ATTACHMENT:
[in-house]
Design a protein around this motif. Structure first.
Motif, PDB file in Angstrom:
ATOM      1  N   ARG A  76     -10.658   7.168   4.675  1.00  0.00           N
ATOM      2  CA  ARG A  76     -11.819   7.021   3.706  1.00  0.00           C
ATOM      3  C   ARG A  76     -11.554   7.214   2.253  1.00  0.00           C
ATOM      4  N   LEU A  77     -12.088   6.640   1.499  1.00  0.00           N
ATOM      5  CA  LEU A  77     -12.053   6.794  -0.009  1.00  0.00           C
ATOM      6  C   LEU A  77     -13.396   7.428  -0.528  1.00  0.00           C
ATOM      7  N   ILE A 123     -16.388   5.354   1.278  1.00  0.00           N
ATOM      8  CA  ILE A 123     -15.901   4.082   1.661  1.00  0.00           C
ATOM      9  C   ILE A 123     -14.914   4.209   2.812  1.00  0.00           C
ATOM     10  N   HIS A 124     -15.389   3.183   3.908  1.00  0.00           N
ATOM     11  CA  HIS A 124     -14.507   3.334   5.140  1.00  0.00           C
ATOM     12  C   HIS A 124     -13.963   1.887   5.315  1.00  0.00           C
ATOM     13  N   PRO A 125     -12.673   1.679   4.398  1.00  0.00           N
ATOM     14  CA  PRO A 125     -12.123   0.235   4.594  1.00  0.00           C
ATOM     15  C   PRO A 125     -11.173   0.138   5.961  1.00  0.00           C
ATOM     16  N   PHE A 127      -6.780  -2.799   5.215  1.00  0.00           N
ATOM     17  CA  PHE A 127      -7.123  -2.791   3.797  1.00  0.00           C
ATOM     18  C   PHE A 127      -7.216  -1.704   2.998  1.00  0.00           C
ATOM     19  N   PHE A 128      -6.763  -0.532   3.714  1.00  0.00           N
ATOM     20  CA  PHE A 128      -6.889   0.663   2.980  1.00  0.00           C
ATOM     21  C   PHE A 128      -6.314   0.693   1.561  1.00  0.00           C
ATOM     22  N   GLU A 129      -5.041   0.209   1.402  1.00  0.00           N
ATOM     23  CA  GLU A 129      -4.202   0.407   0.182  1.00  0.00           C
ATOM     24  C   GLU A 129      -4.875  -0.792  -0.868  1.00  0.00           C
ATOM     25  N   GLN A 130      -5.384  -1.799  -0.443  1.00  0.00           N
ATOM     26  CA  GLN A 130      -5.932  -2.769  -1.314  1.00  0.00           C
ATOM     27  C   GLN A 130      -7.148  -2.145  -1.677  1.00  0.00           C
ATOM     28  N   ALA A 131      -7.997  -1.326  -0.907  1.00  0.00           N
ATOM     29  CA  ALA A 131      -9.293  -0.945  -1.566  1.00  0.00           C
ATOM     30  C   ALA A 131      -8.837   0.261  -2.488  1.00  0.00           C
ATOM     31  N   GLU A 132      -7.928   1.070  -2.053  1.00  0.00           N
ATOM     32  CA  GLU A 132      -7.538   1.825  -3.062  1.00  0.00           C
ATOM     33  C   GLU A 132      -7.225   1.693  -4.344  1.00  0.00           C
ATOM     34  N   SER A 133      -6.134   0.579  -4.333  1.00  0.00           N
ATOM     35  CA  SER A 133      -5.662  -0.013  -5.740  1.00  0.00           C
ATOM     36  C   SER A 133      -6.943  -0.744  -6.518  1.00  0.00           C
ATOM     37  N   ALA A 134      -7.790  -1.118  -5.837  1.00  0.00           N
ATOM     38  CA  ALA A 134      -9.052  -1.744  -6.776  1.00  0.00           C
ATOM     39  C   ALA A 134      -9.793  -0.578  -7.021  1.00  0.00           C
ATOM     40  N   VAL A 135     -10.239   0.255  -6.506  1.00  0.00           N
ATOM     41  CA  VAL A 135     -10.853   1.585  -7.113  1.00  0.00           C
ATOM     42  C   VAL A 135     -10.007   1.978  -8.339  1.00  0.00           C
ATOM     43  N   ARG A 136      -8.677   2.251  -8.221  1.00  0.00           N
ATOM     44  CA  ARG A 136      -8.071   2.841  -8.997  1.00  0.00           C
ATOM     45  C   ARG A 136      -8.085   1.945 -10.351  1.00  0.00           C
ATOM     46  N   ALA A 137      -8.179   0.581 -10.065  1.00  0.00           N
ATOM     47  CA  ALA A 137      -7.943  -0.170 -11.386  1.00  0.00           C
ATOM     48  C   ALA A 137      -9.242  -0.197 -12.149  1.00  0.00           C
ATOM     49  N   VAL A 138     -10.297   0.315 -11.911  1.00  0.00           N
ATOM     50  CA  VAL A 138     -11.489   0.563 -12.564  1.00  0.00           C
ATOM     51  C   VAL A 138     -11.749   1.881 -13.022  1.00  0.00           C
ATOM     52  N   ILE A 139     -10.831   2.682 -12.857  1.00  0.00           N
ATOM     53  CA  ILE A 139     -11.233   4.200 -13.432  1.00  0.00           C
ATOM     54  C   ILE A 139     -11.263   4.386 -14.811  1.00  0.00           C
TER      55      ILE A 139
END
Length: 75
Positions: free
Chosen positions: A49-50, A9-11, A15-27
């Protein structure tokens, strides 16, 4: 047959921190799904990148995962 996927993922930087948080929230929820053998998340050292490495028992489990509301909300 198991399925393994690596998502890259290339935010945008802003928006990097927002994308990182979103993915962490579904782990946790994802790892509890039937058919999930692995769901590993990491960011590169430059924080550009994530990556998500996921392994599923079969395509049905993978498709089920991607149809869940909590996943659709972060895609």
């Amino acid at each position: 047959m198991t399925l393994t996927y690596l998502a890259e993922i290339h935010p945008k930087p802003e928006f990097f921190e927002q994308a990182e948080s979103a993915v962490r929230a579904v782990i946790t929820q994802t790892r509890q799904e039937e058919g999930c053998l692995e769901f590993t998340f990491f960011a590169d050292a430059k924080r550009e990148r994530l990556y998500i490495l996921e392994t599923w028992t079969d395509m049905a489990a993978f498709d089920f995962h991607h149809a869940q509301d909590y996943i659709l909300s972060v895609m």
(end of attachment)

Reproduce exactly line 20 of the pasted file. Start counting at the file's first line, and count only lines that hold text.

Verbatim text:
ATOM     17  CA  PHE A 127      -7.123  -2.791   3.797  1.00  0.00           C